Richard Johnson prevailed in an epic battle with Nico De Boinville’s Might Bite to win the week’s biggest race, while Gordon Elliott and Davy Russell took the top trainer and jockey prizes
Related: British Horseracing Authority may use barriers to keep Irish raiders in check
That’s about it from the Festival. Hasn’t it flown by? There have been plenty of highlights – Altior, Samcro, Footpad, Balko Des Flos, Buveur D’Air, Penhill, Presenting Percy, Lizzie Kelly, Davy Russell, Jack Kennedy, Bridget Andrews, Willie Mullins v Gordon Elliott – but nothing tops the Gold Cup, Native River beating Might Bite in a race-long duel.
Related: Native River leads all the way to win Gold Cup at Cheltenham Festival
Bryony Frost is the new star of jump racing, Paddy Brennan the veteran in search of redemption. This week, on Black Corton and Cue Card, their contrasting paths lead to the Cheltenham Festival
“She’s free as a bird,” Paddy Brennan says of Bryony Frost as he rocks in his kitchen chair and opens his arms wide to show the soaring rise of his fellow jockey. Brennan knows, after all his highs and lows, how different he feels on the inside. But his face creases in a smile as he thinks of Frost, of all her hope and youth, as his arms fall slowly down.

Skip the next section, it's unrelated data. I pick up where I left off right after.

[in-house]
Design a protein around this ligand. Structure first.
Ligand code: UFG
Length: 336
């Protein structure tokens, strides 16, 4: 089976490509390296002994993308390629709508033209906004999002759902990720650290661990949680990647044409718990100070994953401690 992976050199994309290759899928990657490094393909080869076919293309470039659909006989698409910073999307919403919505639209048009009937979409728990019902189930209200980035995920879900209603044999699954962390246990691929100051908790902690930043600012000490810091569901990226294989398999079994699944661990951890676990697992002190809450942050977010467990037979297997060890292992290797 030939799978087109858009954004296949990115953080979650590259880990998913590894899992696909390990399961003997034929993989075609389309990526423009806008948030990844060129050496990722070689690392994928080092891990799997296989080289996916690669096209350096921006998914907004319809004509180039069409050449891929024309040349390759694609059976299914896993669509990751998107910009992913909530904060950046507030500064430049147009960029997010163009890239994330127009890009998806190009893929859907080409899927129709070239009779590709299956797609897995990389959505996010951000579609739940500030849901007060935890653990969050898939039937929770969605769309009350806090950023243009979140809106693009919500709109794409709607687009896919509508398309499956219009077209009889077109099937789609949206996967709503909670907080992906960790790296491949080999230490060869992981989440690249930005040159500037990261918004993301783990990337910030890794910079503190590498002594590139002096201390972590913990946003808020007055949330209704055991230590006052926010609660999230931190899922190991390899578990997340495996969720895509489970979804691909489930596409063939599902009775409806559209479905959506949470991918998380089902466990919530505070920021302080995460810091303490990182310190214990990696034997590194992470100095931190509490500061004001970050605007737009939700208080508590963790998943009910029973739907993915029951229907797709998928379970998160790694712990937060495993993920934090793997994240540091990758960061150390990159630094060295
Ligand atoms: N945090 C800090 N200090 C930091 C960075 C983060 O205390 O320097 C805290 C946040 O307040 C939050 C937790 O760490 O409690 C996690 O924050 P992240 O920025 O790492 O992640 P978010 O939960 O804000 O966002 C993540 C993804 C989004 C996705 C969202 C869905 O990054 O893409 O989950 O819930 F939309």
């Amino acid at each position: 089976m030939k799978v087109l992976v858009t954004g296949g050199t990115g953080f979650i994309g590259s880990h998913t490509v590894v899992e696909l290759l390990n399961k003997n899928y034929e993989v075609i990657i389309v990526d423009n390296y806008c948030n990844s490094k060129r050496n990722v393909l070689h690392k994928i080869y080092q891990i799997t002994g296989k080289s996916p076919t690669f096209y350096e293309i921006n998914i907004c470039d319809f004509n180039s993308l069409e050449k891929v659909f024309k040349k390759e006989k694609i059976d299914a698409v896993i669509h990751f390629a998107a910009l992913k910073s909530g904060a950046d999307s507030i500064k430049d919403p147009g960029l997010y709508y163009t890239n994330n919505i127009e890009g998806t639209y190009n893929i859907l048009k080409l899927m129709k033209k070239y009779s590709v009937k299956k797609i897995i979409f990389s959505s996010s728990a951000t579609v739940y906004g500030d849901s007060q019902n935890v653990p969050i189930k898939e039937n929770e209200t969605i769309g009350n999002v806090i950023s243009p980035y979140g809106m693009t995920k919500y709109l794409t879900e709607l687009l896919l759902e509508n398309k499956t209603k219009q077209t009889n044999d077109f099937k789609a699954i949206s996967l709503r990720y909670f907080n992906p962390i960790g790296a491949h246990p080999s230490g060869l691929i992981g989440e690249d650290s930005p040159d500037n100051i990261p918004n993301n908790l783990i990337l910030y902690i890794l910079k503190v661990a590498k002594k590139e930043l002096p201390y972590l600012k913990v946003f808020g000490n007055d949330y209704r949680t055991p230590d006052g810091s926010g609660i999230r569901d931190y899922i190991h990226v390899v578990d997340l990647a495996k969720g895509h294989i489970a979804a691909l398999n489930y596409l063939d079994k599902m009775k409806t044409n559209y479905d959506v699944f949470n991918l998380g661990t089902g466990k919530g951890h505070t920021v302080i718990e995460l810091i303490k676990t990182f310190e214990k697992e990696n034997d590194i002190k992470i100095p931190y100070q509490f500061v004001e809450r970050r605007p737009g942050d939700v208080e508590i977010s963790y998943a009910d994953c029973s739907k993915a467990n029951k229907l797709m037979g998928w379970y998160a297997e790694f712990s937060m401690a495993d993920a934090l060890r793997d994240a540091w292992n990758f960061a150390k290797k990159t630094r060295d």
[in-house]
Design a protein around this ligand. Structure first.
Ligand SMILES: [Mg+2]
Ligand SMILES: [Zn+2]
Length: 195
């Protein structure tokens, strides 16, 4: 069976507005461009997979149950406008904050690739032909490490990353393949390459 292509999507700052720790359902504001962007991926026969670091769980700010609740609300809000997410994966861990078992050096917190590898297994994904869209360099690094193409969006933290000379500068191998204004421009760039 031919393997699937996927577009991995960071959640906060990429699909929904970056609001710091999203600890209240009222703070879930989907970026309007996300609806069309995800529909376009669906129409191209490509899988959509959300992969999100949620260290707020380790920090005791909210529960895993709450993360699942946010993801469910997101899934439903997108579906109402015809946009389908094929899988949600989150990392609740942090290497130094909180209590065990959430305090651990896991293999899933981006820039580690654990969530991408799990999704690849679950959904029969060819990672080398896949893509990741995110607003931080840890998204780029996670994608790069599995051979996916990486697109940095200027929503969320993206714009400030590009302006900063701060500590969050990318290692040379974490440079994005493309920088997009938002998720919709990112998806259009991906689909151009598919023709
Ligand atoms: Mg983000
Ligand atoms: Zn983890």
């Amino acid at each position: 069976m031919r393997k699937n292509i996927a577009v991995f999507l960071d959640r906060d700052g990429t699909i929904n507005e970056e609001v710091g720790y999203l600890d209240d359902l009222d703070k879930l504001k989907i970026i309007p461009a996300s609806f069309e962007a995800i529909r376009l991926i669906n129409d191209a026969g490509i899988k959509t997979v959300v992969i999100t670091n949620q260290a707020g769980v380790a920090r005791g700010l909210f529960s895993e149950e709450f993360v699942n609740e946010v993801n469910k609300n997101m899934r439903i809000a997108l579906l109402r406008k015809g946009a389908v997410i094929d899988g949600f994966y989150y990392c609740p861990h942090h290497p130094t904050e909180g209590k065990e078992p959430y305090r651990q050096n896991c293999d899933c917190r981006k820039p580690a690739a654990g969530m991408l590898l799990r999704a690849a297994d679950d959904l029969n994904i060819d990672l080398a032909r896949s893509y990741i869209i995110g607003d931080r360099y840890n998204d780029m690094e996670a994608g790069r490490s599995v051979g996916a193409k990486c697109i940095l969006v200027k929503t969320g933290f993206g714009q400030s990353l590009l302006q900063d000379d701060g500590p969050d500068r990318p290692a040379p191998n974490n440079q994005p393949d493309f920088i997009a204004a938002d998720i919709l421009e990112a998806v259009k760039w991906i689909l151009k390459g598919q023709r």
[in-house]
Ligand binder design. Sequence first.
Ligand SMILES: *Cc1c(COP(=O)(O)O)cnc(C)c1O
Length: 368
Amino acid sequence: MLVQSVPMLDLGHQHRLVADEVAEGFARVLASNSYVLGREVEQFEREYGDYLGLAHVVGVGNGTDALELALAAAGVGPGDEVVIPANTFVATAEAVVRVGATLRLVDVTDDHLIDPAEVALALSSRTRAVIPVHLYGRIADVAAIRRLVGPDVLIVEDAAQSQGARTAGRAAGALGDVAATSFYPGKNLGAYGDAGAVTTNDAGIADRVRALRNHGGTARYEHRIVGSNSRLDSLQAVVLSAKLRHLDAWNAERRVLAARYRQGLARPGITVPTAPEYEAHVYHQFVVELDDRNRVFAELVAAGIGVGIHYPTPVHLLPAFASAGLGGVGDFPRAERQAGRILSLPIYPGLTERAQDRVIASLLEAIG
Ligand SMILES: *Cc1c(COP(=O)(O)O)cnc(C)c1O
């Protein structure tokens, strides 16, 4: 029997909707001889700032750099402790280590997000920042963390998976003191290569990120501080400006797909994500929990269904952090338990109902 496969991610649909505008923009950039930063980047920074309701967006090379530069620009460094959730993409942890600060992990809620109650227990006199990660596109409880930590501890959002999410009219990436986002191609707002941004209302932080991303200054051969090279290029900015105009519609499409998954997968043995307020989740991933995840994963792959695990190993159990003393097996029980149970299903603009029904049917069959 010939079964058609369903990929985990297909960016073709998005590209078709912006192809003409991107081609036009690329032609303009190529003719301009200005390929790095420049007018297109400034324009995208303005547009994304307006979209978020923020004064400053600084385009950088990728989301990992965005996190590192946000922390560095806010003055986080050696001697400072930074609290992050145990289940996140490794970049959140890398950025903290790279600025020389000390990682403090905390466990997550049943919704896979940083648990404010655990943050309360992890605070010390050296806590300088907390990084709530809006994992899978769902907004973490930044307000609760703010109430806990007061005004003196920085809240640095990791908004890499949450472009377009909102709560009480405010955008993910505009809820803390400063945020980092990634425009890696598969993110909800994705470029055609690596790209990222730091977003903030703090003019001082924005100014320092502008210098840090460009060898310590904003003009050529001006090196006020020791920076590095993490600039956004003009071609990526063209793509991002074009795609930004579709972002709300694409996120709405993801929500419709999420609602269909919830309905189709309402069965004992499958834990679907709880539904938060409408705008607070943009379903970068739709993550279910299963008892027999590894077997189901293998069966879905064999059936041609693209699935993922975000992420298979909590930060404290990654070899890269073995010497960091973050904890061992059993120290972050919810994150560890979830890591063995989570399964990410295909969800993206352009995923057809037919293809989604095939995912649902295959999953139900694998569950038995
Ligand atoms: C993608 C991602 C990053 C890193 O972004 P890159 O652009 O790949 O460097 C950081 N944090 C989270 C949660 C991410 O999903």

The Cheltenham Festival begins on Tuesday and Brennan and Frost offer compelling stories. Frost is the new star of jump racing, an exuberant young woman riding waves of success and publicity, and on Wednesday she and Black Corton race for glory in the RSA Chase. On Thursday Brennan is back in the saddle on Cue Card, the most loved horse in Britain, returning to the track where he has suffered.